An equally pressing problem in Myanmar, where the national grid reaches 30 percent of the population, is at the household level, said U Myoe Myint, an energy specialist at the World Bank. He said 92 percent of the population lives within 10 kilometres of the grid and 99 percent is within 25 kilometres.
To help overcome this situation, the World Bank has designated most of its $400 million loan to installing more substations and low-to-medium voltage lines so the tendrils of the national grid can be extended to more of Myanmar’s 60,000 villages.
Erecting 25 kilometres of transmission lines is not the same in the flatlands of the Ayeyarwady Delta as the rugged Chin Hills, Myoe Myint said. There are situations where transmission lines may not be worth the cost. This is partly why $80 million of the World Bank loan will go towards solar panels for homes, micro-hydro systems and small-scale distribution systems, also called microgrids or minigrids, which are designed to power a village or even a few households.
Even small-scale technology can vary wildly. Diesel generators might power some communities, and others might rely on solar panels for homes or micro-hydro systems, even within the same township. A telecoms company might install a microgrid to power a cellphone tower, which in turn might power a village.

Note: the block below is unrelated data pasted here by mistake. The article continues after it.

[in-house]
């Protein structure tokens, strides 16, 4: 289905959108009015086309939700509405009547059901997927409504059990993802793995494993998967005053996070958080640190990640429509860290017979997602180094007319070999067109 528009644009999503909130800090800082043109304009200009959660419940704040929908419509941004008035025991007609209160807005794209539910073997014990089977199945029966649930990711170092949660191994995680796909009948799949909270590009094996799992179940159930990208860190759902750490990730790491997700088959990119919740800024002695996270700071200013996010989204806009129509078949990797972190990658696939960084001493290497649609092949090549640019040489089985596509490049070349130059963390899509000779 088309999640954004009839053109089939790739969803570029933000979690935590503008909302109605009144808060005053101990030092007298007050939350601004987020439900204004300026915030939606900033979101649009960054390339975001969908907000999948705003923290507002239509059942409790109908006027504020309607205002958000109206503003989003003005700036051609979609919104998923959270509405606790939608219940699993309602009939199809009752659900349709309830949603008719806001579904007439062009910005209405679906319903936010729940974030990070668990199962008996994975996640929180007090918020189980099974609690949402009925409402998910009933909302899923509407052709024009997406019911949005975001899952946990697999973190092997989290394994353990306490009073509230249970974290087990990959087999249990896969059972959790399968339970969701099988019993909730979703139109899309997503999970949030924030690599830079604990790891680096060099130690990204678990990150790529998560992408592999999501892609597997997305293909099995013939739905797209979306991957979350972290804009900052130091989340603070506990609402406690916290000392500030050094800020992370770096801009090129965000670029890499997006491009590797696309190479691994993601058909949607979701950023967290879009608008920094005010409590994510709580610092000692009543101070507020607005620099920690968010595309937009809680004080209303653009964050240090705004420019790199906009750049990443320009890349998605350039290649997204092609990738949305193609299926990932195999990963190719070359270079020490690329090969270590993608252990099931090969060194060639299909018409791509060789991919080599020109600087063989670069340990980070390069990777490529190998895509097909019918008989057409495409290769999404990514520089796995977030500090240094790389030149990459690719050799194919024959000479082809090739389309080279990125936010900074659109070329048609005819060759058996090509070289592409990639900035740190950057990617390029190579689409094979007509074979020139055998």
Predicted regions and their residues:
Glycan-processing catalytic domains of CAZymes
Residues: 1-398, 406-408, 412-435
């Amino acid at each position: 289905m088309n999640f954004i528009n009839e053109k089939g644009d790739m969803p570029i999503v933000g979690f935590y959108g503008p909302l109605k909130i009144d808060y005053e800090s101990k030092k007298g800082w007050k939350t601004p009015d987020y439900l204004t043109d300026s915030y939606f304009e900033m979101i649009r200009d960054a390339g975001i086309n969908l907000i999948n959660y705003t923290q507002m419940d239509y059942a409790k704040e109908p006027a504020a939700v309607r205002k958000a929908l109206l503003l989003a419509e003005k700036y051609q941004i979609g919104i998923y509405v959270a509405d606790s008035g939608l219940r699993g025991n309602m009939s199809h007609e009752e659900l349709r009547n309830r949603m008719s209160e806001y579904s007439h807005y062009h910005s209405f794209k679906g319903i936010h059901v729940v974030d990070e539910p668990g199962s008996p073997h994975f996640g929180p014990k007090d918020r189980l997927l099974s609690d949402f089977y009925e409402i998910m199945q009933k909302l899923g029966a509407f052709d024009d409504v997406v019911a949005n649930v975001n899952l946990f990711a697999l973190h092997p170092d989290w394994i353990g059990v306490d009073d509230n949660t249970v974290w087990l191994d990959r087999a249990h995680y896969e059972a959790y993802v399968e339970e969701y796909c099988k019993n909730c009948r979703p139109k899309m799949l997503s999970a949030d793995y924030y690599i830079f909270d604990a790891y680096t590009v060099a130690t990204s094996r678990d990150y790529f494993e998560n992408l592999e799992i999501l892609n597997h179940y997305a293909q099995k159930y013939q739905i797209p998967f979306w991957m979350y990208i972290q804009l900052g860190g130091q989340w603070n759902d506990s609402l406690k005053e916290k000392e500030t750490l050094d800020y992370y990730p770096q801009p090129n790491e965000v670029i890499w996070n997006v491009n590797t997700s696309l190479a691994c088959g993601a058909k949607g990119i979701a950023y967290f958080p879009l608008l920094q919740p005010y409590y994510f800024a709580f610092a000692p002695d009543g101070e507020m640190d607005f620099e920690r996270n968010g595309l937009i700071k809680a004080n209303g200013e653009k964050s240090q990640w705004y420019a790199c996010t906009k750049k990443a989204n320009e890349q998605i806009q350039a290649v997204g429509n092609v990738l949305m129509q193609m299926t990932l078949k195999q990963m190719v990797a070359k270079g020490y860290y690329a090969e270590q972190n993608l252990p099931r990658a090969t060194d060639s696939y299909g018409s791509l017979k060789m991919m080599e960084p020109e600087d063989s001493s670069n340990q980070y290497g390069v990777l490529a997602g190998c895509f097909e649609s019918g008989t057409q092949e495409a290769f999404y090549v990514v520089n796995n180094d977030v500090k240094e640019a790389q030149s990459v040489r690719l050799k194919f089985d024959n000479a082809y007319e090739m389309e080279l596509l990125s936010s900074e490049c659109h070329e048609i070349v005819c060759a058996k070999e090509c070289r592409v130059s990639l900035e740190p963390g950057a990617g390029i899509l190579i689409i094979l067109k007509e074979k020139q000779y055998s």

“Minigrids are very difficult to generalise and our plan is that those mini grids are ‘grid-ready’ mini grids, so that if the national grid arrives in ten years, we can connect them,” Myoe Myint said.
A bigger question than building new power lines and substations is generating an extra 20 gigawatts of power to distribute through them.
Most of Myanmar’s 4.6 gigawatt capacity comes from 27 hydroelectric dams, with the balance generated by gas-fired plants, and a coal-fired facility in Shan State.
The most obvious choice, said Mr Billy Harkin, director of power generation company Energize Myanmar, is hydro.
“Myanmar is beautifully blessed for hydropower rivers,” he said.
Harkin’s company is mainly interested in hydropower projects, although for him, backing hydro in Myanmar shouldn’t even be a question. Although expensive to build, they are clean, efficient and inexpensive to operate compared to coal or gas, he said.
Myanmar has four big rivers with up to 100 gigawatts of harnessable power, says the World Bank, enough to put the country on the same level as Norway, which derives 98 percent of its electricity from hydropower.
Harkin said Myanmar’s extended dry season and extensive natural gas reserves meant that a more practical goal would be for the country to remain between 55 percent and 65 percent hydro, which would still make it a hydropower leader in Southeast Asia.